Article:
‘One for the boys’ as Federer captures Davis Cup title


The Davis Cup … finally in the Swiss trophy case.

LILLE, FRANCE – And so the fairy tale has come true. The final missing piece from Roger Federer’s trophy cabinet, the one that seemed so out of his reach largely through his own neglect, has finally been captured. The great man has a Davis Cup title, after he rubbed Richard Gasquet’s nose in the red dirt of Lille to give Switzerland it’s first ever team title.

Eyebrows may be raised at how quickly Federer recovered from the back injury that put him out of the ATP Finals a week ago, but backs are strange things, and for all his denials of the Davis Cup’s importance to him, Federer really wanted this to celebrate a team trophy rather than an individual one. “We wanted this clearly very badly,” he said. “It was definitely one of the better feelings in my career, no doubt about it.  So much nicer to celebrate it all together – this is one for the boys.”

The Swiss may be a two-man team of Federer and the Australian Open champion Stan Wawrinka, but they were the better team this weekend. Although the French organised this final superbly, the one missing element was a happy camp in the home locker room. What exactly happened to Jo-Wilfried Tsonga in the course of the weekend is still unclear, but whether it’s an injury or a loss of confidence, the French were left clutching at straws when they entered the final day needing to beat an essentially fit Federer in the first of Sunday’s matches.

The job was given to Richard Gasquet, who has twice beaten Federer on clay but whose confidence is not exactly high. The French part of the world-record 27,448 crowd did what it could for him. They tried their hardest to hate Federer for the day, but found how difficult it was. They booed Federer’s practice shots, and when Gasquet walked into the arena to a massive fanfare with lights, music and cheers from over 20,000 French mouths, he was walking into a theatre from which he could emerge triumphant. Changes may be on the way for the Davis Cup, but it would be a real loss if atmospheres like this generated by a stunningly colourful home-and-away tableau were to be lost, as would happen in an all-teams-in-one-place format.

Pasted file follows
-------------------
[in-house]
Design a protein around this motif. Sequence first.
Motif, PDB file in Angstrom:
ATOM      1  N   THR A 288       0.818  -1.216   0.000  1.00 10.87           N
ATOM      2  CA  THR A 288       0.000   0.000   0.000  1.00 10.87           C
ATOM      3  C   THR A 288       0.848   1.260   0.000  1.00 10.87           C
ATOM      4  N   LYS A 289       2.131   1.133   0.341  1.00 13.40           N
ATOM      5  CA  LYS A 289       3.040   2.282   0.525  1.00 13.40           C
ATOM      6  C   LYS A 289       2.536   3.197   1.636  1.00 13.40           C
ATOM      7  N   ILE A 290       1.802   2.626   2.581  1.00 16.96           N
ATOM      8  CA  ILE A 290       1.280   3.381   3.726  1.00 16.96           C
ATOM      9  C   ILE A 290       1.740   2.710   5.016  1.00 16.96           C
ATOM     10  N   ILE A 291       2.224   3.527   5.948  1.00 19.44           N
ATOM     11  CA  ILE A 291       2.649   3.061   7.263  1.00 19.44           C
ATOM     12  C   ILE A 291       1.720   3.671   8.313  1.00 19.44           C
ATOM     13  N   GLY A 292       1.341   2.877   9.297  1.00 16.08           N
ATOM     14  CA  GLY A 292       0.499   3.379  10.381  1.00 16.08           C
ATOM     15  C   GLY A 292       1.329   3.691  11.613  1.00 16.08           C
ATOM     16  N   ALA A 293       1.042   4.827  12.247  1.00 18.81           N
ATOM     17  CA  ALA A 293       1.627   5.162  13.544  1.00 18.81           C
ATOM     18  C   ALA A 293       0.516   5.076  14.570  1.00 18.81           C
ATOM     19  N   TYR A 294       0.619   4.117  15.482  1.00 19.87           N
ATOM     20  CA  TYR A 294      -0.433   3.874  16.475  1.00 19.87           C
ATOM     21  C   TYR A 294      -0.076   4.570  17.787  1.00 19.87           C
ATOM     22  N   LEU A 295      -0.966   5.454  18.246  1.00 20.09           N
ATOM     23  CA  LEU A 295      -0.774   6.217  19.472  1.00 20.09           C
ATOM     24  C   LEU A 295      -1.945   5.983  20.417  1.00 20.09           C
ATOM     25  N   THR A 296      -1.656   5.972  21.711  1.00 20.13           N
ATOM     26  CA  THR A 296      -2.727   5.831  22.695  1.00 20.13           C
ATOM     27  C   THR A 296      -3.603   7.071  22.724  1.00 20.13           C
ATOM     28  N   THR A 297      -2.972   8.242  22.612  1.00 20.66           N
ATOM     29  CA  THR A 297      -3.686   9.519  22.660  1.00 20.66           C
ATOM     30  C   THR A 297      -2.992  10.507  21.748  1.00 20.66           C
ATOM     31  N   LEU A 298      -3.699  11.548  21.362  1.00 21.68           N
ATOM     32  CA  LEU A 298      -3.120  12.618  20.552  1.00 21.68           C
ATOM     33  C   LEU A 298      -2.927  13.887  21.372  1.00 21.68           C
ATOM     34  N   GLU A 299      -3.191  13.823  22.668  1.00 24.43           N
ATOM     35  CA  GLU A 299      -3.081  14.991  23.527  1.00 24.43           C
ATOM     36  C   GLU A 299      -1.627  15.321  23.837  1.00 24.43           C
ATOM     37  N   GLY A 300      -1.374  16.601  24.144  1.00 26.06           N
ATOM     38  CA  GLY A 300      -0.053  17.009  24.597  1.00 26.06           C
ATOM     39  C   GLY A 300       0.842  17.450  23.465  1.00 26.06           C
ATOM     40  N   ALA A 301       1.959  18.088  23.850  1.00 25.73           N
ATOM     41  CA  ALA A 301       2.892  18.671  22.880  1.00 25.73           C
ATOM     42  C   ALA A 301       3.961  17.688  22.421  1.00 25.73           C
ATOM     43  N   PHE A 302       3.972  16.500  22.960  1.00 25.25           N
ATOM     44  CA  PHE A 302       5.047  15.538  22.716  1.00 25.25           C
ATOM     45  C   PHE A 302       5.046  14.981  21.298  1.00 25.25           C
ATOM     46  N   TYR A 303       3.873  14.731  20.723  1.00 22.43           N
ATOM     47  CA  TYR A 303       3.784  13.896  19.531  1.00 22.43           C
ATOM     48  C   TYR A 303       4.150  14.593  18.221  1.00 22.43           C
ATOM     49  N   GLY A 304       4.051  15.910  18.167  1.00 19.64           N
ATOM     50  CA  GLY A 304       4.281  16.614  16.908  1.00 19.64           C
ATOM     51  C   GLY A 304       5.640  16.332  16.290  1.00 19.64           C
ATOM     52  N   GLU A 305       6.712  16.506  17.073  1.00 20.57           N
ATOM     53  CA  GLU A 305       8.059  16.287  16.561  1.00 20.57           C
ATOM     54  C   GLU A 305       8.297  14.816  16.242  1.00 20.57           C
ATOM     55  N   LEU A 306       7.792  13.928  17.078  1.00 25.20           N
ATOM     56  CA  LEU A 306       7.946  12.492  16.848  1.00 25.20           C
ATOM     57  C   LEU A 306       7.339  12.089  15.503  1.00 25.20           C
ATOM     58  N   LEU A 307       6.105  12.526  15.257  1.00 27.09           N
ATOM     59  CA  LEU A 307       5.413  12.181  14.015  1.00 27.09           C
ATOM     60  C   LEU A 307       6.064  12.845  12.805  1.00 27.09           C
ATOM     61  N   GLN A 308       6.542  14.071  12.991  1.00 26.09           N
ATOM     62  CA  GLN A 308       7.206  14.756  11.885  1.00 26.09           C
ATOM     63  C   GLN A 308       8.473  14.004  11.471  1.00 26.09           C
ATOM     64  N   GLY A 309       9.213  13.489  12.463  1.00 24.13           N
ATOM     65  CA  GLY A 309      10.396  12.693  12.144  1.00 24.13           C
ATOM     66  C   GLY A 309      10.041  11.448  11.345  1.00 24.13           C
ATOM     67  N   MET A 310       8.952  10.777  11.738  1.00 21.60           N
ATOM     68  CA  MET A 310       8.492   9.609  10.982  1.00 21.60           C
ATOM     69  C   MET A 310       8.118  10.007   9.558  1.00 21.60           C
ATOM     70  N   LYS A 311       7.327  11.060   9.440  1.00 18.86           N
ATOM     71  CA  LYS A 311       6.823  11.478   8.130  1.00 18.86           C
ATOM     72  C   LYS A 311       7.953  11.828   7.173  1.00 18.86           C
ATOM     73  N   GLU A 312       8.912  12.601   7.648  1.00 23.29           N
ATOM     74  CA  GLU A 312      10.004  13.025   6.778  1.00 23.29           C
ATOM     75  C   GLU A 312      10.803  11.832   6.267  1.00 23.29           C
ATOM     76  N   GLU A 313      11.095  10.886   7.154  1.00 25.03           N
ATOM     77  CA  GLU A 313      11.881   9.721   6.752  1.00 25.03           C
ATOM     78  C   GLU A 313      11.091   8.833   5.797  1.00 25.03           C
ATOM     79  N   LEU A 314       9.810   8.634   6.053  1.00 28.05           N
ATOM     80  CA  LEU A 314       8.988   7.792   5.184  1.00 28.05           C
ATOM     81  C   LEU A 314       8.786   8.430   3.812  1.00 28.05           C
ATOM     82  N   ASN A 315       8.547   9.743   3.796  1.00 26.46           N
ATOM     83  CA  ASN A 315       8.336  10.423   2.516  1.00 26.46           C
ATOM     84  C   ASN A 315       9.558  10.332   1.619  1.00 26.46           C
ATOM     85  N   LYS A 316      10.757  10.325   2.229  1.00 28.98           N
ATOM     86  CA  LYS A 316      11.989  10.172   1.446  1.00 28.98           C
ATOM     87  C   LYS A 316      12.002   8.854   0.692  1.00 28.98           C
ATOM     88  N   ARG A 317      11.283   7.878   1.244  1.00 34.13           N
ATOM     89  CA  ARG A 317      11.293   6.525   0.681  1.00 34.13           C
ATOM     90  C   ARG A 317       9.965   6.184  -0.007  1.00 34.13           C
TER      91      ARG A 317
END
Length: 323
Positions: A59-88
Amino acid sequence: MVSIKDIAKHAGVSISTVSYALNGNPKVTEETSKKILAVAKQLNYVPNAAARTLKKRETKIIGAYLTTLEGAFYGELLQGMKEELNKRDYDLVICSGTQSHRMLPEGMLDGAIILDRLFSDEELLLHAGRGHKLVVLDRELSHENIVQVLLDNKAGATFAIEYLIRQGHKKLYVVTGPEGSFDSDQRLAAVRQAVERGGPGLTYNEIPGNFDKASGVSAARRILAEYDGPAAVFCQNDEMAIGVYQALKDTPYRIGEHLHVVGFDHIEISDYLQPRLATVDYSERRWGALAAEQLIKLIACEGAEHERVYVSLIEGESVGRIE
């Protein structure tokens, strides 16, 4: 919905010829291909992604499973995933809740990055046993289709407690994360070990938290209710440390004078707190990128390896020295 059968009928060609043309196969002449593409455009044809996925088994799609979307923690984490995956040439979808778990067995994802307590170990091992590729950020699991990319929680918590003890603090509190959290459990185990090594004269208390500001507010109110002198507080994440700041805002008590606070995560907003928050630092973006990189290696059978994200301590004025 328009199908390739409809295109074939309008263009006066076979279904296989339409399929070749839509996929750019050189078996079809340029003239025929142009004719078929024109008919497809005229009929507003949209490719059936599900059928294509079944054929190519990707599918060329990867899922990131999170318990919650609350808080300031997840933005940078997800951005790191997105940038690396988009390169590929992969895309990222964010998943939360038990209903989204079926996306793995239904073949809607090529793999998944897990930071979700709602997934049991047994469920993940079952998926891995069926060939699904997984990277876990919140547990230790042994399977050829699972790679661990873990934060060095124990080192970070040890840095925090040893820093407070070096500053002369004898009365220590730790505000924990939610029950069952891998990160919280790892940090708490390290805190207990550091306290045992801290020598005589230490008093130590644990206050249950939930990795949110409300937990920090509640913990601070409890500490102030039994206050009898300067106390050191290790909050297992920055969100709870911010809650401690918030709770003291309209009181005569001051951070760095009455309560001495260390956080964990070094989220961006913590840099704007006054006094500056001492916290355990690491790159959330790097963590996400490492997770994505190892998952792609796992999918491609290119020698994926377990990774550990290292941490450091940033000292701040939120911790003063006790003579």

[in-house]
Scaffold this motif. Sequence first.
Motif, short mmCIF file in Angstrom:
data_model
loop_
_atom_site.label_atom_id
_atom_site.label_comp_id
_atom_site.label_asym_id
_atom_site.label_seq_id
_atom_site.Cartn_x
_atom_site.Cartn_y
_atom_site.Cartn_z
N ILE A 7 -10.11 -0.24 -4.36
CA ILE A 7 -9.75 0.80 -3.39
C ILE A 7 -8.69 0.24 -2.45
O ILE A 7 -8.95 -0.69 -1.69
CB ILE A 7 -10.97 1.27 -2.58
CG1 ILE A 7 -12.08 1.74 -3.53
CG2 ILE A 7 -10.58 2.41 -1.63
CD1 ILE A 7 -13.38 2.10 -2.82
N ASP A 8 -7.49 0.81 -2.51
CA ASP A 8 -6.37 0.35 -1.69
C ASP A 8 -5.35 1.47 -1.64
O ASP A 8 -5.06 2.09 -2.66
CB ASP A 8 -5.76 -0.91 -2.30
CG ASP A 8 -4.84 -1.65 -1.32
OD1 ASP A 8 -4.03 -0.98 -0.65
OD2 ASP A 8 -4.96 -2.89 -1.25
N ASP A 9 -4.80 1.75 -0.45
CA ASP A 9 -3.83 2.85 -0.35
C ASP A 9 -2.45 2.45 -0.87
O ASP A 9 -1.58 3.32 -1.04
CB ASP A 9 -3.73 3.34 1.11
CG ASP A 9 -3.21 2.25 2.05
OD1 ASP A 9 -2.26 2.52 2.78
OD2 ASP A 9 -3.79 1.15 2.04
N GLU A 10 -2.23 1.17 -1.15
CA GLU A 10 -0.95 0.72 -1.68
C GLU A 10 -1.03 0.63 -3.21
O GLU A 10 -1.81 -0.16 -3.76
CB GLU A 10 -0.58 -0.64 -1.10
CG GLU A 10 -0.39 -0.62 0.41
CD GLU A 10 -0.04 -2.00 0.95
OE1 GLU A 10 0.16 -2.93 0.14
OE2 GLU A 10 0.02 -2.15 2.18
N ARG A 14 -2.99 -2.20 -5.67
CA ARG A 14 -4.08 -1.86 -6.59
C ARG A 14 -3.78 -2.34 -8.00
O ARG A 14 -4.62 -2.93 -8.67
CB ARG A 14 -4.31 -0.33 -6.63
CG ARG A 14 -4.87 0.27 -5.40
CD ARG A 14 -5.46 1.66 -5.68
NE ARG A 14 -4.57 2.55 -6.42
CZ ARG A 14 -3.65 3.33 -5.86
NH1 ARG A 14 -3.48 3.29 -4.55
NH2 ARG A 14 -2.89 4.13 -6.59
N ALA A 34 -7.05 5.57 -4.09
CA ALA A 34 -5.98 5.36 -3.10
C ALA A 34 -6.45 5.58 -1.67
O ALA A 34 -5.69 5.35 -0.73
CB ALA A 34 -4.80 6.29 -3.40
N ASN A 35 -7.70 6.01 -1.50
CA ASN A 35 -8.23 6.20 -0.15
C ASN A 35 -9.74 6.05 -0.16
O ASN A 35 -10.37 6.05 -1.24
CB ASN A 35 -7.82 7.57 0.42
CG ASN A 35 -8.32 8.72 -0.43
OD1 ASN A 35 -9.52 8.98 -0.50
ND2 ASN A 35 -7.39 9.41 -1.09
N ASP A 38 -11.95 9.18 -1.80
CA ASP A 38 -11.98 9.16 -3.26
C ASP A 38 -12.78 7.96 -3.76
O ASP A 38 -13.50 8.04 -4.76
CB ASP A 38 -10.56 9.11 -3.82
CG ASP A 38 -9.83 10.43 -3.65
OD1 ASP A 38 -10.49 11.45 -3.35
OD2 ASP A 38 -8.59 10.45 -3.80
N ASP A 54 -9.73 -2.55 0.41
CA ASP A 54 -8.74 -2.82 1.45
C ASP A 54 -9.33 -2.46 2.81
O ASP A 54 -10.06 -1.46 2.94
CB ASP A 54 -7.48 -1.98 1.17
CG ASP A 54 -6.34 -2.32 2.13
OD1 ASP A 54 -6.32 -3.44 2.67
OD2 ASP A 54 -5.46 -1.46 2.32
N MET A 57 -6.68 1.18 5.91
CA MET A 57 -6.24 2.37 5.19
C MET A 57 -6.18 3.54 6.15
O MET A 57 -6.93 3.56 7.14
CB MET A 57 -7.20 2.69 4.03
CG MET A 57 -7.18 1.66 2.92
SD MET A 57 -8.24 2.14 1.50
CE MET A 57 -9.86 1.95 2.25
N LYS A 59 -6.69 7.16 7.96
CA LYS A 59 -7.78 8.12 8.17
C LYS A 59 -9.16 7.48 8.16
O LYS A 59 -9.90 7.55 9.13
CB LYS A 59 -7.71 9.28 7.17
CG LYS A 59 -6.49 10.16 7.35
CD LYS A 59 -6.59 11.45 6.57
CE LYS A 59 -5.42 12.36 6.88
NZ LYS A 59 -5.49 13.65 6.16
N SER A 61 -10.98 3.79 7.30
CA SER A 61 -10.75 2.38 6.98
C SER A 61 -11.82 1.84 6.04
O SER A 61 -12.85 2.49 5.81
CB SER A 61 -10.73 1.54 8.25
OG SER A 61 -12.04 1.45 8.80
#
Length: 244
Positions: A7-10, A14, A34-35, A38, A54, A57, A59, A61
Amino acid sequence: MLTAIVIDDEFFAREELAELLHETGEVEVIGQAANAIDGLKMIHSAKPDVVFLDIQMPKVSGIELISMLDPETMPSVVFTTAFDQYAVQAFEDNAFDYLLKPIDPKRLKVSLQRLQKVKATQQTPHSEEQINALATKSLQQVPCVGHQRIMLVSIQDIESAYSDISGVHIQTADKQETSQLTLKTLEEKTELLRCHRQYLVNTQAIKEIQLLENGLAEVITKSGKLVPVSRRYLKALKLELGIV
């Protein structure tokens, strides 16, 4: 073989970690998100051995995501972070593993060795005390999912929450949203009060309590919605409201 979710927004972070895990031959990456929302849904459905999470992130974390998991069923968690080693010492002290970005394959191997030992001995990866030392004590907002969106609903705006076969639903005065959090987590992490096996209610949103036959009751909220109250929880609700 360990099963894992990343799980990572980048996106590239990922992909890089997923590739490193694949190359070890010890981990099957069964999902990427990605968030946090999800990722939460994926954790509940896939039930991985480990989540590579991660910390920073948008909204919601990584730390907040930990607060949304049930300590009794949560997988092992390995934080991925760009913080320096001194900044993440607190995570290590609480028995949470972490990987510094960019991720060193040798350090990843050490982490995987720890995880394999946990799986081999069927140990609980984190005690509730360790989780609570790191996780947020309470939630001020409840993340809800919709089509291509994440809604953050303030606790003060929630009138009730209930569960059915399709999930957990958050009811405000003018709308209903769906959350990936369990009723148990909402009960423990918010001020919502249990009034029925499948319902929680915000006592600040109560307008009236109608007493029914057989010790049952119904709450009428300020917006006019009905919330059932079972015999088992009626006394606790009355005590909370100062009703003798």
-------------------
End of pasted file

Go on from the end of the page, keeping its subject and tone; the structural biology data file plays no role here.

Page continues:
It’s easy to forget this was a golden opportunity for Gasquet as well as Federer. At nine he was on the front of France’s leading tennis magazine as the future of French tennis, and at 16 he was heralded as a prodigy for winning a round at a Masters-1000 tournament. Yet another 16-year-old called Rafael Nadal soon eclipsed him, and he has struggled to find the limelight since. This was his moment, but he never looked as if he believed he could seize it. As he walked down the stairs onto the court, his face betrayed the signs of someone who was petrified, and despite a wag in the crowd having shouted during Saturday’s doubles “Lift up your head, Richard,” he walked onto the court with his chin drooped and his shoulders hunched.

A good start would have told Federer he had a fight on his hands, but the match was effectively decided in the third game. Gasquet led 30-0, but Federer came back at him. At deuce Federer played the kind of point he would never have played before teaming up with Stefan Edberg. He hit a backhand slightly off the frame, realised late how good it was, ghosted into the net, and won the point with an improvised half-volley. A forehand winner down the line on the next point broke Gasquet’s serve, and punctured his fragile confidence.

From then on Federer was in control. There were some great points, and plenty of occasions when Gasquet got the better of them. But he was having to work so hard to hold serve, and he never had a single break point. He plays essentially the same game as Federer, but Federer does it so much better. Federer won the first set in 44 minutes and broke twice in the second. Early in the third Gasquet twice had 15-30 on the Federer serve, but Federer just went up a level to snuff out the danger. And then he twice broke Gasquet to win 6-4, 6-2, 6-2 in an hour and 53 minutes.